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Using dep, the Golang dependency management tool

A concise guide to dep, the golang's dependency management tool.

In developing software products, we rely on solutions created by others. These could be libraries, frameworks, and packages. Every language has its own mechanism to deal with such 3rd party dependencies. dep is Golang’s dependency management tool.

golang dep tool

You can use dep for both new project and existing projects. In this article, I’ll assume you are starting a new project. You start with an init command issued from within the new project folder.

dep init

This will create .lock and .toml files and a vendor folder. Your project folder should look like this now.

├── Gopkg.lock
├── Gopkg.toml
└── vendor

If you open .lock file, you will see this as the first line:

# This file is autogenerated, do not edit; changes may be undone by the next 'dep ensure'.

That is right. dep autogenerates this file. It has the exact versions of your project’s dependencies and their dependencies. What is the advantage of this?

Before dep, the way to install dependencies in golang is to use go get…. get always fetches the latest version of the package. If there is a new release of the dependency, then your program may or may not work. dep solves this problem with the .lock file.

As long as the dependencies follow semver to tag their releases, your project will always compile because dep will always fetch the exact version of the dependency.

The dependencies can be added or edited in the .toml file. But you don’t have to do it manually. dep helps here.

You can install dependencies using dep ensure. When you install using dep ensure, it adds the dependency in .toml file and modifies the .lock file automatically.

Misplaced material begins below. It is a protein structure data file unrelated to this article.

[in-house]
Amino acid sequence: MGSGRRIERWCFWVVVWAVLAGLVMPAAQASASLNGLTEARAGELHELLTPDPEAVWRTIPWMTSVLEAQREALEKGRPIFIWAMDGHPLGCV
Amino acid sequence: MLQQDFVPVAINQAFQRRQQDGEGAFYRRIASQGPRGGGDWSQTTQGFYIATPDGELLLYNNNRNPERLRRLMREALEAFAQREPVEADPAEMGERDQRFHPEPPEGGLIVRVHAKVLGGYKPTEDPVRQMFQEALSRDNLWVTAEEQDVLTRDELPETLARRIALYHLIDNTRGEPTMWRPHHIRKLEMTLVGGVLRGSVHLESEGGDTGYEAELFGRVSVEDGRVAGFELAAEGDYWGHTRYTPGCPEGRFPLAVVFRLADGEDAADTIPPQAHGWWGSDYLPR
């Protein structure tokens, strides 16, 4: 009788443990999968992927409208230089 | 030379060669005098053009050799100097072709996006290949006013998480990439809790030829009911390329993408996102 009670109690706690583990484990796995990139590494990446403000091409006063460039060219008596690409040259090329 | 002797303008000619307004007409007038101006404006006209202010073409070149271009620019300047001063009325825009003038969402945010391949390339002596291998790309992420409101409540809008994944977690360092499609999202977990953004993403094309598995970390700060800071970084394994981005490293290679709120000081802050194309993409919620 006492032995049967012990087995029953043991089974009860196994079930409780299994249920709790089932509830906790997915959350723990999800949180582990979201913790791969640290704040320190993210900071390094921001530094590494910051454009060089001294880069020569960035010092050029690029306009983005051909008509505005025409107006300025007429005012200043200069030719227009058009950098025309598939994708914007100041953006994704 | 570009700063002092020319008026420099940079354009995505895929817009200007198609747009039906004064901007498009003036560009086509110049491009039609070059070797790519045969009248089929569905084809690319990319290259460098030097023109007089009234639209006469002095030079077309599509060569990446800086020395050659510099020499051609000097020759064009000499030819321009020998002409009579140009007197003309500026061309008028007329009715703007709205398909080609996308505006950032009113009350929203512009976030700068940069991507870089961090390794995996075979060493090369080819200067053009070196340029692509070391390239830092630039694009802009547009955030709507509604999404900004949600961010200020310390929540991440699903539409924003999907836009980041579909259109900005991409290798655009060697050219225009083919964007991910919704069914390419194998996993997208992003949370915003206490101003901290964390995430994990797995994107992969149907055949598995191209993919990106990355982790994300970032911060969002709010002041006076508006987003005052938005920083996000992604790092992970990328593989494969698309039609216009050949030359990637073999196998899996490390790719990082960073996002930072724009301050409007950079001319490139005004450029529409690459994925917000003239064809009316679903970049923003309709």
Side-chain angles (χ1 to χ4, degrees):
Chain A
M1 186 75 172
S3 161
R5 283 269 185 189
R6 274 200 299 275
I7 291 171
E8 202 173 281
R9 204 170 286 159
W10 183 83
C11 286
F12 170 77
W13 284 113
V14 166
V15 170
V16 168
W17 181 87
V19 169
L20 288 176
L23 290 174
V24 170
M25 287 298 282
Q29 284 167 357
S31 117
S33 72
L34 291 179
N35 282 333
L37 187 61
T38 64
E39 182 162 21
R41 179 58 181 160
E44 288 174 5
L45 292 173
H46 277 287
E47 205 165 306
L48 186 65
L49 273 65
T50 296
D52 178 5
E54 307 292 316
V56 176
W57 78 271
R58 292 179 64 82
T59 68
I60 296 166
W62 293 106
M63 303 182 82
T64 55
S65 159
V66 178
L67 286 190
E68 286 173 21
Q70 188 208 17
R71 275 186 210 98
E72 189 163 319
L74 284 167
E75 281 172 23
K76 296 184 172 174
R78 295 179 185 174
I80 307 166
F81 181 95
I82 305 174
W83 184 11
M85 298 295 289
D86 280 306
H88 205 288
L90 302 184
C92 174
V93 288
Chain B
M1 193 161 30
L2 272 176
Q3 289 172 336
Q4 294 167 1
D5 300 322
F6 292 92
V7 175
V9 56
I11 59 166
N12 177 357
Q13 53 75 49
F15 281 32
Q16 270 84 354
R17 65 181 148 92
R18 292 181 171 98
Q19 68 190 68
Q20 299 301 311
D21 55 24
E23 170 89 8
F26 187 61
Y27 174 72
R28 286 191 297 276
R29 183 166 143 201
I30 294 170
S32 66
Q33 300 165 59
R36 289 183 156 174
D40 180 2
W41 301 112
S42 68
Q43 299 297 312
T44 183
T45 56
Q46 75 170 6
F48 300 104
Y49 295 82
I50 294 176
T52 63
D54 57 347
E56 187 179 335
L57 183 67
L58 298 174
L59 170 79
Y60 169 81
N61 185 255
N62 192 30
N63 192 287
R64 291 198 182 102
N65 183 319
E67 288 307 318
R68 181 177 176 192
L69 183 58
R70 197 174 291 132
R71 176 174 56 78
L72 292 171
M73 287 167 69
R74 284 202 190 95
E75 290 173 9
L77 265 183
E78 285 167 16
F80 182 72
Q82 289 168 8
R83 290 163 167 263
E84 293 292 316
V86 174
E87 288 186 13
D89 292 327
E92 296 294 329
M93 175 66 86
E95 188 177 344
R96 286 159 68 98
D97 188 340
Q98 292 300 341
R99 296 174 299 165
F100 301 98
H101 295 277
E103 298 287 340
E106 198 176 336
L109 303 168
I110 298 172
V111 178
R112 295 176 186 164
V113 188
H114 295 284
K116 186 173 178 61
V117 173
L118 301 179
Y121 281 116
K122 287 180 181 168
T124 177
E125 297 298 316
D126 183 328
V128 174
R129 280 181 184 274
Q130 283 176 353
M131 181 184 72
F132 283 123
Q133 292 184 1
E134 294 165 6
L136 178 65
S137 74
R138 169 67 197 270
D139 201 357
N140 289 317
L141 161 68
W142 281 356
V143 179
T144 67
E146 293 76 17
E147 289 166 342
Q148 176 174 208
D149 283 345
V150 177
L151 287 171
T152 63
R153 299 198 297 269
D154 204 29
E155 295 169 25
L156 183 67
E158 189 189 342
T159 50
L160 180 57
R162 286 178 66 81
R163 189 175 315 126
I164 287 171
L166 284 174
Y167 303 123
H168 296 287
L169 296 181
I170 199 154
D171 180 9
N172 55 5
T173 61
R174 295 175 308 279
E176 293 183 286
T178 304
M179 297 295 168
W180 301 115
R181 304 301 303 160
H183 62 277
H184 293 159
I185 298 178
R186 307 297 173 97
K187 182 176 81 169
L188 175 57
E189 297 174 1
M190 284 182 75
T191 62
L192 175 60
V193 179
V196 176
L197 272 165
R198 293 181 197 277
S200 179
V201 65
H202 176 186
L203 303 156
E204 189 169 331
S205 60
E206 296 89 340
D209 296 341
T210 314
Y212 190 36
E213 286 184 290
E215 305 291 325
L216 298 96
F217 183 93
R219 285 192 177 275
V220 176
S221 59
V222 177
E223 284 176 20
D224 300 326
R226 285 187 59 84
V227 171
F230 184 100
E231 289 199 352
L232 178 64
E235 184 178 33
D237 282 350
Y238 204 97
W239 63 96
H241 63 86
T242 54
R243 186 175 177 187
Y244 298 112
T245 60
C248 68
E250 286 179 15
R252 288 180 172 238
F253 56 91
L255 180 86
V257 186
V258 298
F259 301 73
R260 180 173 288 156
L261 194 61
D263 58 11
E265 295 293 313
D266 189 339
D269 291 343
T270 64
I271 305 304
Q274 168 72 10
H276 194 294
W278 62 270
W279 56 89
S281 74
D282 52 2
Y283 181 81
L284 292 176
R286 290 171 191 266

Let us try to install a new dependency.

$ dep ensure -add
no dirs contained any Go code

You are seeing no dirs contained any Go code because this is a new folder without any code. Add a main.go file.

package main

func main() {

Now if you try it will install. But it throws the message:

"" is not imported by your project, and has been temporarily added to Gopkg.lock and vendor/.
If you run "dep ensure" again before actually importing it, it will disappear from Gopkg.lock and vendor/.

This is ok. It says you have not used this new dependency in your code. Now let us look at .toml file.

# Gopkg.toml example
# Refer to
# for detailed Gopkg.toml documentation.
# required = [""]
# ignored = ["", ""]
# [[constraint]]
#   name = ""
#   version = "1.0.0"
# [[constraint]]
#   name = ""
#   branch = "dev"
#   source = ""
# [[override]]
#  name = ""
#  version = "2.4.0"

  name = ""
  version = "1.9.2"

All the initial lines are comments indicating how dependencies should be mentioned in .toml file. In most cases, you will mention a [[constraint]] with path and version of the dependency.

In fact, you don’t even have to edit the .toml file. Say you want to use the latest version of the dependency as of you start coding your application. You simply import the dependency in your code, like below:

import ""

Then in the command line, issue dep ensure. It will install the latest release in vendor folder and modify .lock file.

You can know the status of each dependency by issuing dep status. It will list out the version used in your application and the latest version released by the developer.

PROJECT                   CONSTRAINT  VERSION  REVISION  LATEST   PKGS USED  ^1.9.2      v1.9.2   bf5c562   bf5c562  9

If there is a newer version and you want to update it, you can issue dep ensure -update <dep>. If you want to update all the dependencies you can issue dep ensure -update.

What if you want to remove a dependency?

Just remove it from the import and run dep ensure. dep will do the magic. It will remove the entry from .lock and remove the dependency from the vendor folder.

It goes without saying that you should commit .toml and .lock file in your code repository. Should you check-in vendor folder? It is debatable.

The whole purpose of dep is to recreate usable vendor folder. So you don’t have to check-in. But it doesn’t hurt to check-in. I check-in the vendor folder.

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Under: #code , #golang , #beego
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